Chef Ken Tan set his sights on a culinary career when he was young. He was inspired by his mother, who cooked dishes for an economic noodle and rice stall in a canteen on Jurong Island.
But the 34-year-old was born deaf and no cooking schools would take him in.
That did not stop him, however, from building a career in cooking. He now heads the kitchen at Blackbird Bistro and Bar in Handy Road.
It opened in May 2010 and was recently renovated. Now, the place seats 100, about double the capacity before the makeover.
The bistro and bar has a Western fusion menu with such dishes as Crab Meat Aglio Olio and grass-fed lamb and beef from New Zealand.
When chef Tan was three, he attended the Canossian School in Circuit Road.
However, he dropped out at age 16 because he was not interested in studying.
His mother urged him to go back to school, but later accepted his decision and encouraged him to join the food and beverage industry instead.
Chef Tan, whose older brother is an army officer, says with the help of a sign- language interpreter: "I wanted to attend culinary school. But I was always rejected because of my hearing impairment and my lack of qualifications."
Despite that, he has chalked up 13 years in the culinary industry.
When he was 18, he made his first dish - fried bee hoon.
He says: "I learnt to cook it from my mother. However, it didn't turn out as good as expected - it was quite bland. My mother and I had a good laugh."
One year later, he worked as a cooking assistant in the now-defunct Lim Chew Tiam Pub at Le Meridien hotel, now known as Concorde Hotel Singapore.
He has also worked at the now-defunct Sumo Restaurant at Bugis Junction and with One Rochester group, where he worked at a few of its restaurants: 1-Altitute, 1-TwentySix and One Rochester, where he picked up fine-dining cooking skills in French, Italian and Japanese cuisines.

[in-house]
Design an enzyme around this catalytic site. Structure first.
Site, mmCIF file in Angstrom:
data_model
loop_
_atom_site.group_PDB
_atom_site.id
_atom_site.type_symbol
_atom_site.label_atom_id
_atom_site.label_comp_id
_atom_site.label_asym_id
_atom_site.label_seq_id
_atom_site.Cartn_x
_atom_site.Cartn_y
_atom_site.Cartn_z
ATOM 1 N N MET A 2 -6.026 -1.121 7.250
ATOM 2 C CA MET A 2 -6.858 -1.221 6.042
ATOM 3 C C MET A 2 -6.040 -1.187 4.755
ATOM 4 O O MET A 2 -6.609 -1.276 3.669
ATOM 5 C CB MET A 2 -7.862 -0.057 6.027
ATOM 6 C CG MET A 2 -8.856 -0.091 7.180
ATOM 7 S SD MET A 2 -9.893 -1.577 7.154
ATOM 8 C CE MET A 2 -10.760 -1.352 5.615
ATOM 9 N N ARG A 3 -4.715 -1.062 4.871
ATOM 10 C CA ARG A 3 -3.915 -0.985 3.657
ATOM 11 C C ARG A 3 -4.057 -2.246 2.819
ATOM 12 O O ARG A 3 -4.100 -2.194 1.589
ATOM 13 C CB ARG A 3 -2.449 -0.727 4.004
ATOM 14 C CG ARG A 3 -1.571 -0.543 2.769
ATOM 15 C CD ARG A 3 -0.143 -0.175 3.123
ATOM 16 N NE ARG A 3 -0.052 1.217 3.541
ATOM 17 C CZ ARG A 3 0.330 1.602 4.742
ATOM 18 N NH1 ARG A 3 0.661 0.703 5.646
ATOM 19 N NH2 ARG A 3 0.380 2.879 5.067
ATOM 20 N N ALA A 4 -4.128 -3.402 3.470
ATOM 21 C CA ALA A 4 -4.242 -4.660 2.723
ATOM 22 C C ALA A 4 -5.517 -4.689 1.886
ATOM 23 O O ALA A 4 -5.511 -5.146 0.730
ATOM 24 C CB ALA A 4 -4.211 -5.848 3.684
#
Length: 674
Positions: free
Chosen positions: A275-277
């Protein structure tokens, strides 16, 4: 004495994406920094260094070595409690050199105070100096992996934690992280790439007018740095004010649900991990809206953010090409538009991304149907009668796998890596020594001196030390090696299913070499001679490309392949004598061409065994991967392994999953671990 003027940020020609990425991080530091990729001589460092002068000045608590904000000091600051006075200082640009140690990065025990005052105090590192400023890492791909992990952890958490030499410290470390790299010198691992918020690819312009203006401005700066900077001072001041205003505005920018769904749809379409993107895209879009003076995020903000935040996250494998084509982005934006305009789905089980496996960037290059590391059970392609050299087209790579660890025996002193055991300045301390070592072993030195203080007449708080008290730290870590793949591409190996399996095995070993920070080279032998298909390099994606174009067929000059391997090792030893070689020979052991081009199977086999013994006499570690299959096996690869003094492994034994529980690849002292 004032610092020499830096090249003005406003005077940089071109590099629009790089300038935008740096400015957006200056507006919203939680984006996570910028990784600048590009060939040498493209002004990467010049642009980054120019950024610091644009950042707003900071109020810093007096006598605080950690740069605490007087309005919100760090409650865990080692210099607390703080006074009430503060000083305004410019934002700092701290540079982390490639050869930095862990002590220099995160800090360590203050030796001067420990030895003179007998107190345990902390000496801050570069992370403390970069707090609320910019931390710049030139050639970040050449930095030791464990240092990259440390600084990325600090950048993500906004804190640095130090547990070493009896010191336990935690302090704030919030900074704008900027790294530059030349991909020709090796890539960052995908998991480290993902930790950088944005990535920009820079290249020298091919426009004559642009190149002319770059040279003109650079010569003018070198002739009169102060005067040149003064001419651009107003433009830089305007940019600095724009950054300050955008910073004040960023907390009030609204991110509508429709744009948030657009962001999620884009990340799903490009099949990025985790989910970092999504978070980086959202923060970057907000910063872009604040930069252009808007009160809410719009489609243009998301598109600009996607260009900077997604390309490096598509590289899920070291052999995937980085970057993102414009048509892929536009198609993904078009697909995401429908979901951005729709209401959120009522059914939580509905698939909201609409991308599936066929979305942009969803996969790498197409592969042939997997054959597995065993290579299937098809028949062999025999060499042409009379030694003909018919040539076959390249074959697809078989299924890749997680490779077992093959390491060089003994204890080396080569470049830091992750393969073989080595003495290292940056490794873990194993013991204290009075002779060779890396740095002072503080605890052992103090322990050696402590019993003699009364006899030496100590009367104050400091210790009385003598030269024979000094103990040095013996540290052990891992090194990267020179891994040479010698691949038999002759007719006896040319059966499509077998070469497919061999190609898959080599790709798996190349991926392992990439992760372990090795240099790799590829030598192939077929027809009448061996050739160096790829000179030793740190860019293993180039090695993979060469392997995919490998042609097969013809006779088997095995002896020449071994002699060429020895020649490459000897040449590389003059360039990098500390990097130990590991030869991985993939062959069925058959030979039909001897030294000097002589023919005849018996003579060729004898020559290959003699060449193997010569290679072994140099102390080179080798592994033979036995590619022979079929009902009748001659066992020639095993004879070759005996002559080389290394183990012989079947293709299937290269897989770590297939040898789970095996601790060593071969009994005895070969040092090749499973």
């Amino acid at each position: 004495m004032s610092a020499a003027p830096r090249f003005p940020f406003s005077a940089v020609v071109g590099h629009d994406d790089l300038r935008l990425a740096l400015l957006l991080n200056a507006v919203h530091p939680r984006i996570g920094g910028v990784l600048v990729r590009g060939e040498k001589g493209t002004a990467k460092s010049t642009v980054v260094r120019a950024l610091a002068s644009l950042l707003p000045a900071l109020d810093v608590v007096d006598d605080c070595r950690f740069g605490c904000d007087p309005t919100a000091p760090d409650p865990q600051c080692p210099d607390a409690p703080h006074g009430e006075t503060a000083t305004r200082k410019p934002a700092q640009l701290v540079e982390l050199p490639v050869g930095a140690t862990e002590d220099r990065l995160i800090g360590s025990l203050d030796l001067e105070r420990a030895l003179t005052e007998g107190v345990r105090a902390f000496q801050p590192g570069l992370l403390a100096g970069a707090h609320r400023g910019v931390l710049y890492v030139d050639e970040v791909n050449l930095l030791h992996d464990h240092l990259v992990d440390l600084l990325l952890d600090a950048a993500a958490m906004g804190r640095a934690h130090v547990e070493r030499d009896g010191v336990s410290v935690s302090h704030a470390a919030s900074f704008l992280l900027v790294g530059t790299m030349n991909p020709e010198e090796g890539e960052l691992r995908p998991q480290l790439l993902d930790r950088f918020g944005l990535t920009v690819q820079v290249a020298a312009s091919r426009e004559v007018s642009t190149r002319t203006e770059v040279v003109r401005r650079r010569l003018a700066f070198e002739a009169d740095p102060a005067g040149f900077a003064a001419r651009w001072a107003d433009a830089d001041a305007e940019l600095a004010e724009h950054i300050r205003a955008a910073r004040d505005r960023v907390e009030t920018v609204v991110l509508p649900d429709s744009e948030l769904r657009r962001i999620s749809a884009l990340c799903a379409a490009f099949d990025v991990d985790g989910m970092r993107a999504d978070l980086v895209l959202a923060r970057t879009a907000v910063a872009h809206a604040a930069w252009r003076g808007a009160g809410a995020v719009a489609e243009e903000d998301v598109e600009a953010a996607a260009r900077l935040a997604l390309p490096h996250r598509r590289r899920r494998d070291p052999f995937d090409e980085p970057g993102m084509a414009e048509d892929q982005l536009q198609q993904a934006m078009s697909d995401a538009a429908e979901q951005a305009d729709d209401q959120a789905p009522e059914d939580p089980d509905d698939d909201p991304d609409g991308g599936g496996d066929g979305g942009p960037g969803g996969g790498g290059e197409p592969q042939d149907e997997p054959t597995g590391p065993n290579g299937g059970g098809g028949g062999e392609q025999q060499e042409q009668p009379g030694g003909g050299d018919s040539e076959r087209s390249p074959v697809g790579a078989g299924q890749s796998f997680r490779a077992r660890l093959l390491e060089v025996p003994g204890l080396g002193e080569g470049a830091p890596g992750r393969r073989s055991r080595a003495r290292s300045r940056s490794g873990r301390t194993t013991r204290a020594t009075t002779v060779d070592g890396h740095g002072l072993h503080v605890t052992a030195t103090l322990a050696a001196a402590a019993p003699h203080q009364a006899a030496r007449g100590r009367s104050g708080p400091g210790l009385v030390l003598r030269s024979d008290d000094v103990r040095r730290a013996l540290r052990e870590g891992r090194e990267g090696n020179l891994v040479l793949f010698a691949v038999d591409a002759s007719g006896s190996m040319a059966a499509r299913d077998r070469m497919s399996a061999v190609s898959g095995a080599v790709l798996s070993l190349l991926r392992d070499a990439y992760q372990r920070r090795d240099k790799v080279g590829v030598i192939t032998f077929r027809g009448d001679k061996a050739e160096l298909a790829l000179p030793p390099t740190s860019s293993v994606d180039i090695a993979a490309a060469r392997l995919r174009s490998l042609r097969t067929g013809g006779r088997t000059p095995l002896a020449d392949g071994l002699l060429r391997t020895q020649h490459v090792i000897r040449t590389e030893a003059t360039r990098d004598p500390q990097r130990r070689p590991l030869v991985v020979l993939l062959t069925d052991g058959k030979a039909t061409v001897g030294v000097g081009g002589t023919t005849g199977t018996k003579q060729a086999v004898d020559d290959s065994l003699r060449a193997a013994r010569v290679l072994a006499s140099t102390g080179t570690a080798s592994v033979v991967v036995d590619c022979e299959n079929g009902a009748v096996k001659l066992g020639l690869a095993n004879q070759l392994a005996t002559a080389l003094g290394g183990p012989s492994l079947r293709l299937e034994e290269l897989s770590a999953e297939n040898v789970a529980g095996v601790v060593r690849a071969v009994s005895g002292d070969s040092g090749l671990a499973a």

His work impressed his then boss and he was offered a job in Dubai. He did not take it up as his mother did not want him to be so far away from home.
Instead, he honed his skills here and also met his girlfriend, a 21-year-old marketing executive, on the job. They met when she was working part time at Blackbird and they have been dating for 2 1/2 years.
Is it difficult to work in the kitchen when you cannot hear?
It's not difficult, just challenging. This is especially so when new staff members with no hearing problems join us. It might be a bit difficult for everyone at first, but as time goes by, everything gets better.
How do you communicate with your team?
I usually mouth the words and they know what I need. Some of the staff whom I have been with for years have picked up basic sign language, making communication easier.
Did you use to be very emotional about your condition?
I have never been emotional about it. I guess it's because I have accepted how I have been since birth and am used to it.
What is your favourite local dish?
Classic roast chicken drumstick rice. I like it with chilli sauce and I get it from a coffeeshop in Bukit Batok Street 31.
Have you ever made chicken rice?
I did try making it once or twice, but the one from the stall is much better.
Do you cook at home for your family?
I don't cook for my family very often. However, when I have the time, I try to whip up something for them. I go fishing sometimes on my days off, so whenever I manage to catch fish, I'll cook it for them.
Where do you usually fish?
I usually fish on Kusu Island with my friends.
What is your favourite fish to cook and how do you cook it?
I like grouper. I usually steam it with light soya sauce, sesame oil, ginger and garlic. It's a very simple way of cooking.
What is an essential ingredient you always have in your kitchen?
Chicken stock. We make it ourselves and boil it for five to six hours. Another important ingredient is our seafood broth, which is used to make one of my signature dishes, seafood risotto.
What is your favourite cuisine?
I like Japanese cuisine. I like the ramen from Ramen Santouka in Cuppage Road. It's so good.
What are your future plans for Blackbird Bistro and Bar?
I will always be coming up with new menus and I hope we will be able to expand with a few more outlets in future.
What advice do you have for aspiring chefs?
Follow your dreams. Don't expect success to come easily, there will be lots of hard work but it'll definitely be worth it.
WHAT WOULD YOUR LAST MEAL BE?
My mother's braised pig trotters and porridge. I can never have enough of it.
This article was first published on Sep 7, 2014.
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